Laura Erickson's For the Birds

Thursday, April 14, 2022

Conversation with Scott Weidensaul, Part 2

(You can listen to this part of our conversation here.)

Every spring, I spend as much time as I can looking for warblers. I pay attention to every one I see or hear, at least long enough to identify. The warblers hardly ever notice me—they’re on a mission. 

In the same way, the human characters in Scott Weidensaul’s A Warbler’s Journey see the Yellow Warbler just briefly, and the warbler pays no attention to them. These characters are in Nicaragua, United States, and Canada. I asked Scott how he crafted the book to make them realistic:  

I’m an old white guy, and Nancy Lane, who did the beautiful illustrations for the book is also white, and we’re portraying a Latin American girl in Nicaragua, an African American grandmother and her grandson along the Gulf Coast, and a Dene family in the Northwest Territories. And so we made a point of reaching out to folks in all three of those communities to share the illustrations and share the text just to make sure we weren’t striking any false cultural notes: Jefferson Shriver, who is a shade coffee farmer in Nicaragua that I’d gotten to know a couple years ago, Juita Martinez, who’s a biologist in Louisiana and one of the founders of Black Birders Week, and Iris Catholique up in the community of Łutsël K'é up in the Northwest Territories. All of them very kindly reviewed what we had, and made suggestions, particularly on both the Gulf Coast and Northwest Territory artwork. 

I want to make a particular shout out to Nancy Lane, who did the illustrations, who was as concerned and focused on accuracy as I was, and went back, in some cases repeatedly, to alter and tweak and change artwork to get the birds right, to get the habitat right, to get aspects of community—the look of the community in the Northwest Territories and aspects of the clothing—to get them right. It ended up being a huge amount more work for her than she was anticipating when she took on this job, but the results speak for themselves. 

Scott designed a great map showing the general species range overlayed with this particular warbler’s route. I asked how he’d come up with that. 

To show that this is one bird out of tens of millions of Yellow Warblers making that trip across a million potential different routes. And in the back of the book, we include for the grownups who are reading a lot of information about what people can do to help migratory birds like Yellow Warblers—how they can participate in community science, keeping their cats inside, buying shade grown coffee if they’re coffee-drinking adults, and noting the work that those indigenous communities are doing in Canada to protect a lot of the breeding grounds for these boreal songbirds.

Scott has banded thousands of birds on the Gulf, and also over much of the Yellow Warbler’s huge breeding range. I asked him how many individual Yellow Warblers he’s held in his hands.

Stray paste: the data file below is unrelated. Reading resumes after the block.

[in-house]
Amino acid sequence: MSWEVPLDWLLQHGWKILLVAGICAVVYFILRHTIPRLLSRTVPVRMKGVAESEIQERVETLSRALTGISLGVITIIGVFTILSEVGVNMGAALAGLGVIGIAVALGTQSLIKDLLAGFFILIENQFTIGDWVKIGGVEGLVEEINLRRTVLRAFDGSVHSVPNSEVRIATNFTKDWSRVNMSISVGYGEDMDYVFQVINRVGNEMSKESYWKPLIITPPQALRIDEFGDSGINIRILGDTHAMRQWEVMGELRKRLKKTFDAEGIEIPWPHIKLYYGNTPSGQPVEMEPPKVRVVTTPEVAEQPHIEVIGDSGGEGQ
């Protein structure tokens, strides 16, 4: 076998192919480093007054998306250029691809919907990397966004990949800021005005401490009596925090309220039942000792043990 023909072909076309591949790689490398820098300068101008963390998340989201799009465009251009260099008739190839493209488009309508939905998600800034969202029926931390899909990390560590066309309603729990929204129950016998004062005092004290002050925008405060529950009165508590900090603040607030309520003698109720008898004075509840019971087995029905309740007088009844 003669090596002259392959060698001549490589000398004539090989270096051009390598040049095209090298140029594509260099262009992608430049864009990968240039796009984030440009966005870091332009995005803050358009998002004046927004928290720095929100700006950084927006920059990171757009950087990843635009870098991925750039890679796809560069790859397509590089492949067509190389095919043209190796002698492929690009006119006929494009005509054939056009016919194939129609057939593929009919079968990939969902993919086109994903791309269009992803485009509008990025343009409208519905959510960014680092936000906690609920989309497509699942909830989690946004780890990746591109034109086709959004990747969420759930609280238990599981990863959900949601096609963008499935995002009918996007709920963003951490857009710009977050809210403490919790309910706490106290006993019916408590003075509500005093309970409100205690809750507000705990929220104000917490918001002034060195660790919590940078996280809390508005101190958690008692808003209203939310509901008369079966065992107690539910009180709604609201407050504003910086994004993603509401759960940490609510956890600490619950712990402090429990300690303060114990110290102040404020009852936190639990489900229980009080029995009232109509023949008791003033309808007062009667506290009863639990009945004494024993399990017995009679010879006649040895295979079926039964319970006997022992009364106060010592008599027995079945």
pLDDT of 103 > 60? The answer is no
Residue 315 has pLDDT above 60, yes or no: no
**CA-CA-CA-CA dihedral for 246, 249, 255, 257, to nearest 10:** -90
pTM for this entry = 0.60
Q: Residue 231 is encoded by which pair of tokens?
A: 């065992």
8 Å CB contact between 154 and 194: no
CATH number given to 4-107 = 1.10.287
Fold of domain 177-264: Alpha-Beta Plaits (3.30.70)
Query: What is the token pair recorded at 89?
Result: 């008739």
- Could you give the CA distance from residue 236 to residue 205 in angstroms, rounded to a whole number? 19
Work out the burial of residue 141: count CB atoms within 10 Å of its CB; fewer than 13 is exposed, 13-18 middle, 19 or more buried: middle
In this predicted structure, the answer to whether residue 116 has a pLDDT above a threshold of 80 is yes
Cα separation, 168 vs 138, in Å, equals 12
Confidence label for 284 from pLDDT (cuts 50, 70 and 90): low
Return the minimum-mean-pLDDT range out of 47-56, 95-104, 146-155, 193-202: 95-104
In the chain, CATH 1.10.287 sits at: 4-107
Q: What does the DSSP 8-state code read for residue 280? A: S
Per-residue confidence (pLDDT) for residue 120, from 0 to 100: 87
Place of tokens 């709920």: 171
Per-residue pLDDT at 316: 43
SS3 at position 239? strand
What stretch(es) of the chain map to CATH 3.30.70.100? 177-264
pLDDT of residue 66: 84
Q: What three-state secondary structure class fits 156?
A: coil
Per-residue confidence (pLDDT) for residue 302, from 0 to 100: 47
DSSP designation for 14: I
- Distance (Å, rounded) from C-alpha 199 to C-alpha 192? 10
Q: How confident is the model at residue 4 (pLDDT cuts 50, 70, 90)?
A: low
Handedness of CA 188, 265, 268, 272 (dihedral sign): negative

Oh my goodness—that’s a good question. A lot! Certainly a lot, particularly back in the days when I was doing a lot of banding along the Gulf Coast every spring. We’d get a lot of Yellow Warblers coming through with these trans-Gulf migrants. 

That’s for me probably the one part of the story in that book that is most vivid to me—the trans-Gulf migration, because I got to see that year after year after year for almost 15 years on the coast of Alabama, watching these birds that have just flown 25, 35, 40 hours non-stop across the Gulf, coming through enormous storms sometimes, and have seen what it looks like after the passage of the big storm when there’s all these little feathered bodies washing up on the beach. The birds that made it 599 and a half miles and they couldn’t make it that last half mile to shore. So understanding the really extraordinary effort that these birds must make every year, driven by instinct. And I try to get a little bit inside the head of the bird in the book, and I sort of imagine a sense of calm deliberation and determination that this is what she was meant to do. The strength of her ancestors are in her wings and she has no choice. This is what she needs to do right now, through storms and long nights and exhaustion and across thousands of miles. That’s what she’s meant for. 

I told him how I appreciated how he wrote so respectfully about the warbler, not anthropomorphizing her or giving her a cute human name.

It would not at all surprise me to find out that birds have individual  names which they recognize and which they answer, particularly if we’re talking about highly intelligent, highly social birds like corvids and parrots and caracaras. We’re finding out that caracaras are way smarter than anyone expected. I don’t know if Yellow Warblers do, but if you could prove it to me, I’m not sure I’d be entirely surprised. And so, yeah, I think respectful is a really good way of putting it. Trying to give these birds space to be the organisms that they are. 

A Warbler’s Journey, by Scott Weidensaul and illustrated by Nancy Lane, will be released on May 14, but is available for pre-order from most bookstores. I can’t wait to get my hard copy.